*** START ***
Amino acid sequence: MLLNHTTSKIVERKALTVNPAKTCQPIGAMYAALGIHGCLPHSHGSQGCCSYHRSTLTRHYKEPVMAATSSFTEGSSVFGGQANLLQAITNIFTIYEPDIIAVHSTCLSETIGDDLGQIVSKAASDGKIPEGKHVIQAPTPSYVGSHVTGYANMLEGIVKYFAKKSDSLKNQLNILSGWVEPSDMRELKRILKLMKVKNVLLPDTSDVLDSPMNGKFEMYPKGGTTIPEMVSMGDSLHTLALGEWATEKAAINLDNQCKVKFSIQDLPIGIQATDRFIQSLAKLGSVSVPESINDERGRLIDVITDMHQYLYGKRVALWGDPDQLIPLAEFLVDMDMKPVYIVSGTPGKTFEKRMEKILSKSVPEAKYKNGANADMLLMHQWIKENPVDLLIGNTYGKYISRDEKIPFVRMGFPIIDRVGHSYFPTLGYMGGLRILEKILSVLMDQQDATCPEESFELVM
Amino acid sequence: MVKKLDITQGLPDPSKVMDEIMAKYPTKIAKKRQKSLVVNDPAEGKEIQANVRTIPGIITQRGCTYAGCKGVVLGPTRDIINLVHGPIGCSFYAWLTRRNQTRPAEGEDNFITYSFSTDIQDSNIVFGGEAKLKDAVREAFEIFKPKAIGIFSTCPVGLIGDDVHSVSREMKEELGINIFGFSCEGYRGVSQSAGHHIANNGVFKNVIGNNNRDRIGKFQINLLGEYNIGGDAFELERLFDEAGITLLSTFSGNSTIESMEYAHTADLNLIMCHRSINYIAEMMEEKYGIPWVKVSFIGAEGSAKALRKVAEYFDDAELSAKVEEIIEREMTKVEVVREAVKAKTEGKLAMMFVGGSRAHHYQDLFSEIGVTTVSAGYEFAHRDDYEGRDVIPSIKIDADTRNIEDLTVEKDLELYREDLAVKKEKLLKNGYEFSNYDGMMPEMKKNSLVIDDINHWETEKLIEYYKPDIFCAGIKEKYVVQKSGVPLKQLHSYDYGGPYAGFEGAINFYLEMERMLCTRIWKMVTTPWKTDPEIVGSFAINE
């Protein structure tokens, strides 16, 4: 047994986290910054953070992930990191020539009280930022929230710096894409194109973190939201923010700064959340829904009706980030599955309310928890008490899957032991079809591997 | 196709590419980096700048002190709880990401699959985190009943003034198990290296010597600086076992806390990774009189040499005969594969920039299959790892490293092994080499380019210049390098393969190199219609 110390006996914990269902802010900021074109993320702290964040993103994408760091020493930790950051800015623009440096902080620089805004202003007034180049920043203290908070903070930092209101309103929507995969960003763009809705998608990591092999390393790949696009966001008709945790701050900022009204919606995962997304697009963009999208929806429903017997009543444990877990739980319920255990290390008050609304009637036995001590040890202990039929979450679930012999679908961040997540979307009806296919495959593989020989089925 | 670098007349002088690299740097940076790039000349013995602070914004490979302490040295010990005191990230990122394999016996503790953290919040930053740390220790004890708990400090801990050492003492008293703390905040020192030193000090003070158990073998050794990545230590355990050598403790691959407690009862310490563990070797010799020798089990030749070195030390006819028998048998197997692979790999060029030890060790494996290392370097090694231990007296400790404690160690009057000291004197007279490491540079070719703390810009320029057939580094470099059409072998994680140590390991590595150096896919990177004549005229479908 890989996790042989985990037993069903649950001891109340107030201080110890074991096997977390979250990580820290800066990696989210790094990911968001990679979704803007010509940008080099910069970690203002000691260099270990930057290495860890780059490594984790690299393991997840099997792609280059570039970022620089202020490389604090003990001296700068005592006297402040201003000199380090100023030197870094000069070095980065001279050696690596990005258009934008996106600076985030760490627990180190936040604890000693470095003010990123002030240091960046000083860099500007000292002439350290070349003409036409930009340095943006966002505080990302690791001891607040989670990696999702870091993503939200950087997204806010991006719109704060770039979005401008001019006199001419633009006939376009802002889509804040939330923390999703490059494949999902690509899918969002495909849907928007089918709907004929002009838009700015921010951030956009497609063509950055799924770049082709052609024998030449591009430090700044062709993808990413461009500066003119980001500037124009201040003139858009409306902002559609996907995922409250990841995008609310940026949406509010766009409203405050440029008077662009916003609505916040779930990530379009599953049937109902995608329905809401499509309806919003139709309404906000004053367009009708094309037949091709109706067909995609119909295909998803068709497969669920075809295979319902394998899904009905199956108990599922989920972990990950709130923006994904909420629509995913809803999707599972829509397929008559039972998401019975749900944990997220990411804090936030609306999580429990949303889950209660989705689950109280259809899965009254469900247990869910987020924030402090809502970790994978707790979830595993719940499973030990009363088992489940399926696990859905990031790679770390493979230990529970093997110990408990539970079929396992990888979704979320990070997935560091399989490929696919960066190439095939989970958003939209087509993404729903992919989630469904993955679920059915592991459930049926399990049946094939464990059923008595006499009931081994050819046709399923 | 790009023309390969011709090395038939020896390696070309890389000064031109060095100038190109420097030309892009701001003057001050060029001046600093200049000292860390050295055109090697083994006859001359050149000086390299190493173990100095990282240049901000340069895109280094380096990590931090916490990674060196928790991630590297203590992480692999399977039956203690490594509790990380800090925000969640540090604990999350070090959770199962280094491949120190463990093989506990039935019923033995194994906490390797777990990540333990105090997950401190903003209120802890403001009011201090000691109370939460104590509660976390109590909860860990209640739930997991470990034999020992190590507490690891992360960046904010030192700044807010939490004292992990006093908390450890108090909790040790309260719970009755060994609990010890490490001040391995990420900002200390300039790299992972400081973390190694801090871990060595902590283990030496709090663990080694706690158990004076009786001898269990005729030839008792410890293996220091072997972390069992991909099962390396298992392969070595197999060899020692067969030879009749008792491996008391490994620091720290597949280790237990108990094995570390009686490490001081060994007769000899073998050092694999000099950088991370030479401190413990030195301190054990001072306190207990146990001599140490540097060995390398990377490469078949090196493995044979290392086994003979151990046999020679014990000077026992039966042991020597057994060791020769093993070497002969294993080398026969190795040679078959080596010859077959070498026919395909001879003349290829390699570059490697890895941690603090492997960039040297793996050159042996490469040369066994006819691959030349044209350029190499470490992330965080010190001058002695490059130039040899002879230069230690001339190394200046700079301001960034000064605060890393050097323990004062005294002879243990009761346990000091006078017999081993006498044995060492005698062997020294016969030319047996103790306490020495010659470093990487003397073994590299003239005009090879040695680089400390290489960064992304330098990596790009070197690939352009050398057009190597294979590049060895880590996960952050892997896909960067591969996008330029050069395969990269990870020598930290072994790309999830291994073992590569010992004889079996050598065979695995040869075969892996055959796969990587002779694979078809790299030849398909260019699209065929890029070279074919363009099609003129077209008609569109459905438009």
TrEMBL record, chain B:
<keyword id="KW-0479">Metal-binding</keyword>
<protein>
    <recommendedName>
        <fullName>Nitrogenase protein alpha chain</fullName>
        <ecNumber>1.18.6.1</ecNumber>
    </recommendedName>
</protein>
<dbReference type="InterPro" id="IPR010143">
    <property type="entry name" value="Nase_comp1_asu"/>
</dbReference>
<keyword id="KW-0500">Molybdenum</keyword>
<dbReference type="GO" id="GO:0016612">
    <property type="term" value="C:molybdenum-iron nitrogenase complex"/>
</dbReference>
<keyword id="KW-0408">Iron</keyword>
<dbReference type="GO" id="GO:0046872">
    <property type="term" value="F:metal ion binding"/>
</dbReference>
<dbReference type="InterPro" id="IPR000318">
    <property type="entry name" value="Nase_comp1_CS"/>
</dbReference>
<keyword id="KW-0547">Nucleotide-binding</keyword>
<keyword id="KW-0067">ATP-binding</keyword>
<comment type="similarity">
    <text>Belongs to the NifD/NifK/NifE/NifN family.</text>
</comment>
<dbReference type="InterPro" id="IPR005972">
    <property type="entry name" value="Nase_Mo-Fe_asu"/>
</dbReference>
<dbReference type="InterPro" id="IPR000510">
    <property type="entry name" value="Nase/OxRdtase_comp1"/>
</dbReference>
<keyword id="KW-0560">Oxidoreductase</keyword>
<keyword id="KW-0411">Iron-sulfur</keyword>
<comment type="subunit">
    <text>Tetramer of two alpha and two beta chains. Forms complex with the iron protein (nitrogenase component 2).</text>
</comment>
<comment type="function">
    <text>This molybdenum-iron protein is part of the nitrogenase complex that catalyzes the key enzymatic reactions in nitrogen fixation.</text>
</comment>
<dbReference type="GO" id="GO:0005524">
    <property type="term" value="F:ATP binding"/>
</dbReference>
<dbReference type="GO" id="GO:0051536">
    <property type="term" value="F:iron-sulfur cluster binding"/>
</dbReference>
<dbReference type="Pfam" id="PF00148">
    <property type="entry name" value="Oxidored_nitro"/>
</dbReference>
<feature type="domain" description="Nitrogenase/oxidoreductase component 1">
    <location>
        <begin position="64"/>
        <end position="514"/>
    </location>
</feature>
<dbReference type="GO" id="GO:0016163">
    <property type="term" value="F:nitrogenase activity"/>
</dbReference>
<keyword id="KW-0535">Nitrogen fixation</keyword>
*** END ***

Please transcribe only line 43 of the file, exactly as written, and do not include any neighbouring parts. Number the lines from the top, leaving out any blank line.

    <text>This molybdenum-iron protein is part of the nitrogenase complex that catalyzes the key enzymatic reactions in nitrogen fixation.</text>